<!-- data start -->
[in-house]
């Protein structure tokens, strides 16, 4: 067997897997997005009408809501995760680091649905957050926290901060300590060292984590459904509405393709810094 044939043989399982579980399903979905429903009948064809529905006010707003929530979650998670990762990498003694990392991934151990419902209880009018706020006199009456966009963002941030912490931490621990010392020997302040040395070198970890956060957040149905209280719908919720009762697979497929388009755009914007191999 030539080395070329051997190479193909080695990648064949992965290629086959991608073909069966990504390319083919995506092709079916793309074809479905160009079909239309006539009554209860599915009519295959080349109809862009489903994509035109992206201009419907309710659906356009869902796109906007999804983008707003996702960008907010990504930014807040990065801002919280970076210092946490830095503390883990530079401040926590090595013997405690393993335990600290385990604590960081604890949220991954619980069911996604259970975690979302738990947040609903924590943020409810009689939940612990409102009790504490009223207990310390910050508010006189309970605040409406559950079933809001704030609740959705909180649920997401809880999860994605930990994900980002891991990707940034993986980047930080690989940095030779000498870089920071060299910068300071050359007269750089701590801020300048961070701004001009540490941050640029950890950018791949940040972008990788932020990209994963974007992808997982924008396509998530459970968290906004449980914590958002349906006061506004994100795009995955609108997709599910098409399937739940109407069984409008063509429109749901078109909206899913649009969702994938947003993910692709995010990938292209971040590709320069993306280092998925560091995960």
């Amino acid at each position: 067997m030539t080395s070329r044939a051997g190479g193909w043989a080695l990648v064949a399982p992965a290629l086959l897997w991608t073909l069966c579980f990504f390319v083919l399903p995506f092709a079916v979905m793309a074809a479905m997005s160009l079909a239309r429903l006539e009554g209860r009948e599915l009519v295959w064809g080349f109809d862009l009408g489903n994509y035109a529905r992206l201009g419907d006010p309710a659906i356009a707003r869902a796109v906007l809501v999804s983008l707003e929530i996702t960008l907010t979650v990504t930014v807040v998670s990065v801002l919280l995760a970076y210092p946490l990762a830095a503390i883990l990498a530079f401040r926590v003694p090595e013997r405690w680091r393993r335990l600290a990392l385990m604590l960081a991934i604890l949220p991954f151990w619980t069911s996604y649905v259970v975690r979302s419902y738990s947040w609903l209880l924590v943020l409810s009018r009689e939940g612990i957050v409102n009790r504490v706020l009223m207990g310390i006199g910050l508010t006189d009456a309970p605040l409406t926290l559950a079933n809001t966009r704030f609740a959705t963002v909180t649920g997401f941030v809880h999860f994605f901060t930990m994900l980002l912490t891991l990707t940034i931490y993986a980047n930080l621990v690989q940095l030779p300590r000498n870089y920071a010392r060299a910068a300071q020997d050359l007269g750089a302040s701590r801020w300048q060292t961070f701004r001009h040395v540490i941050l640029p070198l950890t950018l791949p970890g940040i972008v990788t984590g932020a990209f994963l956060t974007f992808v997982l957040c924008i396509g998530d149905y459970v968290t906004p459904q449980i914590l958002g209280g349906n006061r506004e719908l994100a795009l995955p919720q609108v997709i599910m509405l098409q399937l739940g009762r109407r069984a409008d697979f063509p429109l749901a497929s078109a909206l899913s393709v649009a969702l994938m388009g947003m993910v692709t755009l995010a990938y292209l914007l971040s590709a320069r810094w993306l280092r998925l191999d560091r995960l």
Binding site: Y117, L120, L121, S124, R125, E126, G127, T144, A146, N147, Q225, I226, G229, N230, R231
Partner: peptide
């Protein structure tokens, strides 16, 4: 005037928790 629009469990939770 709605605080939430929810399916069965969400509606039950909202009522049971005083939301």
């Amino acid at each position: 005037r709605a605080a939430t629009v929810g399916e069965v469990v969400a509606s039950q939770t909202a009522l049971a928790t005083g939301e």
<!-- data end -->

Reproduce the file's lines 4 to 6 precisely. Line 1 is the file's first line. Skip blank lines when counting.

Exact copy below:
Binding site: Y117, L120, L121, S124, R125, E126, G127, T144, A146, N147, Q225, I226, G229, N230, R231
Partner: peptide
């Protein structure tokens, strides 16, 4: 005037928790 629009469990939770 709605605080939430929810399916069965969400509606039950909202009522049971005083939301």